October 07, 2008

The Nightmare and Oil

More than a year ago, I wrote this about the nightmare scenario. We've experienced spot shutdowns in CP for more than year which has squeezed the investment banks. Unfortunately, it's now spread to a systemic problem which prompted the Fed to step in this AM to become the lender of last resort for commercial paper.

A year ago I said an event like this could well cause the dollar to lose 30% of it's value. That flawed analysis was based on a breakdown mostly in the US. However, as the freeze in the capital markets has spread worldwide and as write downs have basically eliminated $2-3 trillion from the money supply, there is a flight to the perceived quality of US Treasuries.

Voila! Instant dollar appreciation vs. other major currencies.

What's the net effect? Well, for the $4-5 trillion on the sidelines, it's a wakeup call that the Fed and Treasury, working in concert with other central banks, will not let the entire global system go down the drain. Further, it lets them know that there are safe risks. Finally, they have got to get this money to work and were charging exorbitant rates to borrow. Now they have an absolutely massive competitor which will have a cooling effect on credit cost increases. This should accelerate a return to normalcy.

This was the bogeyman in the closet. Now that it's come out, we realize it's not carrying a chef's knife. It's carrying a plastic potato peeler. And we have gun.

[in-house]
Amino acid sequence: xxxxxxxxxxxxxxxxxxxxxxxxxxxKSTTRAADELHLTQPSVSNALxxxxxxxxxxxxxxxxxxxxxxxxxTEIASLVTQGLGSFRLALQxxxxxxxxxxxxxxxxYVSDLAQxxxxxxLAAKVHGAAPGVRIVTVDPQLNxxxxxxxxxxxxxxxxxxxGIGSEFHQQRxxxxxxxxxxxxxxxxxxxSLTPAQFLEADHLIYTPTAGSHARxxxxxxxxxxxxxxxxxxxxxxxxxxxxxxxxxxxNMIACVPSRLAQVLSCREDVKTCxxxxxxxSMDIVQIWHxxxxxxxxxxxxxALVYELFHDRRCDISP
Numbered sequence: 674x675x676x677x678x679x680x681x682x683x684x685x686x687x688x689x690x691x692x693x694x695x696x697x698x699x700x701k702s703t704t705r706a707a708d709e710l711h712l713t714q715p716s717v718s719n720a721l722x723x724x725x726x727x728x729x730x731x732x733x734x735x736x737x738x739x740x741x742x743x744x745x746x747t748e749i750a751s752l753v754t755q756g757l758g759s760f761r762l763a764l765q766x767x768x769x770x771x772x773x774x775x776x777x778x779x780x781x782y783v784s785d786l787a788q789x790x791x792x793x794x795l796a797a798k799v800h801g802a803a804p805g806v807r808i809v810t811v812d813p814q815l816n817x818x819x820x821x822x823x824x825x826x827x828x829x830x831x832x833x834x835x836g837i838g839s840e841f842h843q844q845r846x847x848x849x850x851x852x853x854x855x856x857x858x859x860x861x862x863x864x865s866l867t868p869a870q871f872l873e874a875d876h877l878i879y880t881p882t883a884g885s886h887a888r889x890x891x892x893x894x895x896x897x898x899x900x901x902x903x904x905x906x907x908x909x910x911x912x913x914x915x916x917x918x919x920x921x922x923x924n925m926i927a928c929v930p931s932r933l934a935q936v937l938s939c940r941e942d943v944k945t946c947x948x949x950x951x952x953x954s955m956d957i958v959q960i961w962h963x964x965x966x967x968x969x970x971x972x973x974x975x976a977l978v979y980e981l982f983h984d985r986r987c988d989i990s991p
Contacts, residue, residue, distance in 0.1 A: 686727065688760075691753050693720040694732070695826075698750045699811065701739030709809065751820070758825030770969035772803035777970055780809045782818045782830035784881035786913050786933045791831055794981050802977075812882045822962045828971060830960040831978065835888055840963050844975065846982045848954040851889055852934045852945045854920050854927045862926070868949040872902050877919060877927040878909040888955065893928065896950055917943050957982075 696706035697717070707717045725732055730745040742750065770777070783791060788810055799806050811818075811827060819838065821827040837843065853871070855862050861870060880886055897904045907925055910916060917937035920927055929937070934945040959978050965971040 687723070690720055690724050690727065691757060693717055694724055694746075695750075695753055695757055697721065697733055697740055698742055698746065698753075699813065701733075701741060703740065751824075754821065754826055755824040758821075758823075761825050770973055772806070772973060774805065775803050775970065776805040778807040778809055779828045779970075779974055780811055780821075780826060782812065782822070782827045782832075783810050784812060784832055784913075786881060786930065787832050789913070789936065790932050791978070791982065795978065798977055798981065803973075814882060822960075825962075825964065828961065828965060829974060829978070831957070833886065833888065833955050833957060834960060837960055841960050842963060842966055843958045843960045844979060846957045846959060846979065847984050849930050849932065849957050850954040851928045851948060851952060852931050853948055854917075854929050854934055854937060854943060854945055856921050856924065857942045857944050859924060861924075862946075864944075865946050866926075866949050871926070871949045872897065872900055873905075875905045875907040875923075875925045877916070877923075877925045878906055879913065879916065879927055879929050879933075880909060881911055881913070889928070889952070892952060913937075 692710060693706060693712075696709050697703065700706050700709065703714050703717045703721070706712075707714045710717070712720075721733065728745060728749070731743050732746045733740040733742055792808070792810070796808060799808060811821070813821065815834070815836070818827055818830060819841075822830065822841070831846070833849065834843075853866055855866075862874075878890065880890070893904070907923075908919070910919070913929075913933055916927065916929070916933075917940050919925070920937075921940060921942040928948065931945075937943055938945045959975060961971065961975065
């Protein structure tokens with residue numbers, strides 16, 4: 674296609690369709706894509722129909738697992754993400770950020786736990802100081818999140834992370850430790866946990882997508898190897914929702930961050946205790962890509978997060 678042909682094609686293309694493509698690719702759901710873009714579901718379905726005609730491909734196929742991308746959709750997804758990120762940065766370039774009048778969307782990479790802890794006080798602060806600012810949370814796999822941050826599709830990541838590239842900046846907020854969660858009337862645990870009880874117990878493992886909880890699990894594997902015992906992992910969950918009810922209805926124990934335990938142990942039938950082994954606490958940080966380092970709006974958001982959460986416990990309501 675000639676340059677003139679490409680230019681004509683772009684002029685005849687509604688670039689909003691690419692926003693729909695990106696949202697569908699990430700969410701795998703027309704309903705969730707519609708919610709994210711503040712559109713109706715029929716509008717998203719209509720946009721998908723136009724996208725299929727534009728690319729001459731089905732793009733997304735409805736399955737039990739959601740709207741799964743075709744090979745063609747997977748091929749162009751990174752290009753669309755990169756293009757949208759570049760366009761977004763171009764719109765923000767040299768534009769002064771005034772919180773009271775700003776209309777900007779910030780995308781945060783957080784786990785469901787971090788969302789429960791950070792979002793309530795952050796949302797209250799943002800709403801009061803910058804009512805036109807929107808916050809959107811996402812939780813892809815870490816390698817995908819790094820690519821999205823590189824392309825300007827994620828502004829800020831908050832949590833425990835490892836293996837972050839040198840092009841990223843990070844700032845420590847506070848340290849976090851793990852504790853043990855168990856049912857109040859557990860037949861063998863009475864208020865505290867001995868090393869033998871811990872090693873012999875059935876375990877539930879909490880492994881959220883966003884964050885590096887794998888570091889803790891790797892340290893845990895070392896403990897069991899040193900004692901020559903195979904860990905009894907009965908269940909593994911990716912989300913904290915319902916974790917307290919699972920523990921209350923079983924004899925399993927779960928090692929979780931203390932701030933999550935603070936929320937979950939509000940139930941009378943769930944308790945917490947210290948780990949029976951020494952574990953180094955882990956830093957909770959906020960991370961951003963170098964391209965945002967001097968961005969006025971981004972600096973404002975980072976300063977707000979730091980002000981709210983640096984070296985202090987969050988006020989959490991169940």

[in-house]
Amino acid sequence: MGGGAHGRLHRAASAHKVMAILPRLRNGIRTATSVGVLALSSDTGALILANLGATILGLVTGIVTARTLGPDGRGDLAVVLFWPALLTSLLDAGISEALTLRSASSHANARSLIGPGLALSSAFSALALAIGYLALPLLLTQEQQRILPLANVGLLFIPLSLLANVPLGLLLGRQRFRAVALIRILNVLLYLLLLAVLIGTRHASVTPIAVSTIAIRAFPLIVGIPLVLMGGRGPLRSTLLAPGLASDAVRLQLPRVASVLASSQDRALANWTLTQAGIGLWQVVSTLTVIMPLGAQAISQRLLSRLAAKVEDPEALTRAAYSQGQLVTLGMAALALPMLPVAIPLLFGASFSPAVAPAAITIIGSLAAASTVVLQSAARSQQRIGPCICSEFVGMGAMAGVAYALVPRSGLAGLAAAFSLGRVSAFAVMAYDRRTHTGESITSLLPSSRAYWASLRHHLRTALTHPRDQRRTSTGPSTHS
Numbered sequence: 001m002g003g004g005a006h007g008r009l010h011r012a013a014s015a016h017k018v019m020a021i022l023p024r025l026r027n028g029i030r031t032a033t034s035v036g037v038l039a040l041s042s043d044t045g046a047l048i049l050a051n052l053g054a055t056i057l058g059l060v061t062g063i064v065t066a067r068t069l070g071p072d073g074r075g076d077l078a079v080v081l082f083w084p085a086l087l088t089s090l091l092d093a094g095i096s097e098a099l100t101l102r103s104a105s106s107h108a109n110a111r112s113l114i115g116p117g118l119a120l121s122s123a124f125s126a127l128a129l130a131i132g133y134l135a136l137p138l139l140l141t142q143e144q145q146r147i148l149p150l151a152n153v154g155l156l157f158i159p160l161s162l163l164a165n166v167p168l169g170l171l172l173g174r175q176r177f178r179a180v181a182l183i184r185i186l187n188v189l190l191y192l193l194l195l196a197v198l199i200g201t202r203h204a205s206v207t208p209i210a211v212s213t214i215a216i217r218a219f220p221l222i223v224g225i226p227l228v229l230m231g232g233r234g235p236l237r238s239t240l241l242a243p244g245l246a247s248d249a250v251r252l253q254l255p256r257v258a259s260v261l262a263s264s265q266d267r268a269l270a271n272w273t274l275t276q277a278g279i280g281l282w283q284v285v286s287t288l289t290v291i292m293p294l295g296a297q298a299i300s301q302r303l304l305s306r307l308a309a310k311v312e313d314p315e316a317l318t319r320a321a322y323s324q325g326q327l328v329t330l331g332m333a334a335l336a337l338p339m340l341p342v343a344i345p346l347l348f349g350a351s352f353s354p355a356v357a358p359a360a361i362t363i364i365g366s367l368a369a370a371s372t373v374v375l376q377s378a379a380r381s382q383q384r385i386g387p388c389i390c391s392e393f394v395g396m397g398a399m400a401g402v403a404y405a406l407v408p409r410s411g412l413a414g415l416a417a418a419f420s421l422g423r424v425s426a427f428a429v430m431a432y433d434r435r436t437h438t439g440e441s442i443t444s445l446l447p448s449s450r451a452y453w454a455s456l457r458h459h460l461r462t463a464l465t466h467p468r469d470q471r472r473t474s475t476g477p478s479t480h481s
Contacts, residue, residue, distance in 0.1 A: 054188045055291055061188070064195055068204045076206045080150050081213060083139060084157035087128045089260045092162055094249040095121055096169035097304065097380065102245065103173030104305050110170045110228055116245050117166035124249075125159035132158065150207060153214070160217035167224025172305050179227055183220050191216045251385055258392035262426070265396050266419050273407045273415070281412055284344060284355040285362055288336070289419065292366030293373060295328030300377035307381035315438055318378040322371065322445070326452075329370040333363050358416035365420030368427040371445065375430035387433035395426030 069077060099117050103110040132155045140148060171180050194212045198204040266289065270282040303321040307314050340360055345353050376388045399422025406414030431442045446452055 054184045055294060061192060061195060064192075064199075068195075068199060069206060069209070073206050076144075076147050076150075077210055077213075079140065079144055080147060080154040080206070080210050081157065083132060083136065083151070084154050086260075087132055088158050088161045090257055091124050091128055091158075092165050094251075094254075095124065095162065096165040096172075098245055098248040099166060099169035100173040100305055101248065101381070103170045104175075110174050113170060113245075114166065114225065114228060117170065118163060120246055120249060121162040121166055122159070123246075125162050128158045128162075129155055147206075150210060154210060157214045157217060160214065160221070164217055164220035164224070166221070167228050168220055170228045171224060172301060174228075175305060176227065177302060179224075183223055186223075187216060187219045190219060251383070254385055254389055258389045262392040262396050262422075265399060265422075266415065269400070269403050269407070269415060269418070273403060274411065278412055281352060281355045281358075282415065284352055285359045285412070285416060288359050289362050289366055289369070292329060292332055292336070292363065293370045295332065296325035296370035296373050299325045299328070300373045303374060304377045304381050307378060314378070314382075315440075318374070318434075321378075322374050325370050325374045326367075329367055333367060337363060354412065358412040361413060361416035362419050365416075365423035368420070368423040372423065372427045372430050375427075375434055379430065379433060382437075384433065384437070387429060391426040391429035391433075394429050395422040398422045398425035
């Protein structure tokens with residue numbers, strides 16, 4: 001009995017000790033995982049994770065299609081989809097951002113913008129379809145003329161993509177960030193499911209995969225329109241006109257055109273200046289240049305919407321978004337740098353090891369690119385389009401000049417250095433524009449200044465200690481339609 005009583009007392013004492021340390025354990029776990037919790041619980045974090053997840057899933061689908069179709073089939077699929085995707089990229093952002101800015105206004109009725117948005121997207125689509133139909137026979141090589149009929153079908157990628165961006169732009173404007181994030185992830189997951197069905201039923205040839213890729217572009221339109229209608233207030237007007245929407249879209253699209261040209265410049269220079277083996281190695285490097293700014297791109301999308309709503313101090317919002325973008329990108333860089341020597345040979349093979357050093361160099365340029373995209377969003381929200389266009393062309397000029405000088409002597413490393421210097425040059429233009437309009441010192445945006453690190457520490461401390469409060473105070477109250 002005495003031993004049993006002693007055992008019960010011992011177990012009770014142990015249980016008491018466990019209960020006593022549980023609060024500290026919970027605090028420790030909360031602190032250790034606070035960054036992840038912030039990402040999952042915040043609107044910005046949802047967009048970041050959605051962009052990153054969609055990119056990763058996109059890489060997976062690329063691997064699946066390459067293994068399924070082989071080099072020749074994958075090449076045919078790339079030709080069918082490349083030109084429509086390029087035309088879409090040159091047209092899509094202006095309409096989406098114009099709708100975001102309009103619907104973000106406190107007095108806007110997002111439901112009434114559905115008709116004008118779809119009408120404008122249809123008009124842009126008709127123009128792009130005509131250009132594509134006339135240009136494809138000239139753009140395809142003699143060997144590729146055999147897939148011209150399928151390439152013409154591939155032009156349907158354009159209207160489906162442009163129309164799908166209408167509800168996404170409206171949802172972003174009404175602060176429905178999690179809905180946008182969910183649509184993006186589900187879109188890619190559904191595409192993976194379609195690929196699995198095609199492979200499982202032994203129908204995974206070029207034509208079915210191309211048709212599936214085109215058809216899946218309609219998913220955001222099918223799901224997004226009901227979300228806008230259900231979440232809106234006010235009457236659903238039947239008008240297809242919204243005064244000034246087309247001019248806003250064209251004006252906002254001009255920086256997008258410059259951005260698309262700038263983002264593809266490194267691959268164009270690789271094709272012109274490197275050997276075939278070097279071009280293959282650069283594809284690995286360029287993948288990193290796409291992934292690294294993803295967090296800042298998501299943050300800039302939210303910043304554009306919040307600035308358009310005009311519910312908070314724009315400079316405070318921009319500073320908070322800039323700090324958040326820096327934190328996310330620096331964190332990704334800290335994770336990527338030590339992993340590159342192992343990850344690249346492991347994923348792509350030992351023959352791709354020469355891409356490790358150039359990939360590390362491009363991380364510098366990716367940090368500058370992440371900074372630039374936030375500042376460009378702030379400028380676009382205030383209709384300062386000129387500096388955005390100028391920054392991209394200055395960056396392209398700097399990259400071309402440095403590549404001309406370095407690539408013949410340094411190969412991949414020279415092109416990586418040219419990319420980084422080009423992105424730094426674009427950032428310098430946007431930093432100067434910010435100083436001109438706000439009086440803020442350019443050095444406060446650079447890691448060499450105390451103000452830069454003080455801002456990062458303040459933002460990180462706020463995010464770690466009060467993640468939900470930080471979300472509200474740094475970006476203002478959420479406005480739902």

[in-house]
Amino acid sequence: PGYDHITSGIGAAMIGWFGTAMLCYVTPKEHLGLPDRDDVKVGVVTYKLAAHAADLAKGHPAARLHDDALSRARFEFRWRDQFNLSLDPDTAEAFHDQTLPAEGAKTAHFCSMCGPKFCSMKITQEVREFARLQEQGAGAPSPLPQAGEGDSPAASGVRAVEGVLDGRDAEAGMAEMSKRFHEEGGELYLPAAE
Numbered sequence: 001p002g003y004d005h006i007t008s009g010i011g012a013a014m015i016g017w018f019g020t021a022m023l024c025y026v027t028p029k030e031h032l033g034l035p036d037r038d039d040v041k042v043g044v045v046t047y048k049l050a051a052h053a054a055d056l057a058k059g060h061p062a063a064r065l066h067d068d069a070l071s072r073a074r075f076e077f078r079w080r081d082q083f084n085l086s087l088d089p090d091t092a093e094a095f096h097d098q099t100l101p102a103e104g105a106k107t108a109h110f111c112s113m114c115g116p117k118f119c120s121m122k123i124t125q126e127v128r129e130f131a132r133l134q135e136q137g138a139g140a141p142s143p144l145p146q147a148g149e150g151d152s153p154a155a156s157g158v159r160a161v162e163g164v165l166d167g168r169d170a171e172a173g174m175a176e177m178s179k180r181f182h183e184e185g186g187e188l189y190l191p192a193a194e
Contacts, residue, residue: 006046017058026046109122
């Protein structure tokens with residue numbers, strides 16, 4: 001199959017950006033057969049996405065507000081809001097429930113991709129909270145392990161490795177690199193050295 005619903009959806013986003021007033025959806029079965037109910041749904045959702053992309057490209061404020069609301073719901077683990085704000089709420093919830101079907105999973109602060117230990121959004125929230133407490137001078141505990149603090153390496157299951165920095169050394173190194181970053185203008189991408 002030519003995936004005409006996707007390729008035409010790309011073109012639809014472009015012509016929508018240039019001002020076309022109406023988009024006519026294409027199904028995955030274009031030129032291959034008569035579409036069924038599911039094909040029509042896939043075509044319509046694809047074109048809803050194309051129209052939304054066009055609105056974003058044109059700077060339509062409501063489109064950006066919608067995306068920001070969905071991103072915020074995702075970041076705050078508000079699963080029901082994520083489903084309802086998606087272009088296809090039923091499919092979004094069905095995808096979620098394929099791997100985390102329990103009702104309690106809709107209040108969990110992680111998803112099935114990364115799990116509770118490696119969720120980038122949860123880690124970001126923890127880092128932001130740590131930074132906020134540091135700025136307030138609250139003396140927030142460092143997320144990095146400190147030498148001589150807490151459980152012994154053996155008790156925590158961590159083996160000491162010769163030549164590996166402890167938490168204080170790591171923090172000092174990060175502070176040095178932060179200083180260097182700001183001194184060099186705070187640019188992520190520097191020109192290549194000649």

This doesn't mean all is rosy. Unwinding AIG and Lehman will be very difficult and probably will cause temporary shocks in certain areas as distressed assets are sold into weak markets. This is unavoidable but it's not fatal.

But all the news is not bad. Some buyers are stepping back into the market. Take Wells Fargo's offer for Wachovia. And Citi's subsequent lawsuit. The bottom line is that Wachovia, even with it's problems, is worth a lot of money. By Citi's estimate, $60 bn. Which means shareholders won't get screwed in the ultimate sale because a buyer is going to have to pony up some money... they won't walk away with it for free (as Citi tried to do).

One positive? With demand dropping and dollar strengthening, oil prices have fallen through the floor at $90/bbl. As the picture in financial securities begins to clear up, look for more and more speculative money to come out of oil and other commodities, dropping them still further. I do not think oil will drop much below $60-67 range which will leave intact the transition to biofuels and more efficient vehicles.

Still, wages are slack and unemployment is climbing. That's the official number. The unofficial one is far higher. All that aide, we're heading for a recession. Which is a relief considering what we were looking into last week.

Posted by mcblogger at October 7, 2008 12:30 PM

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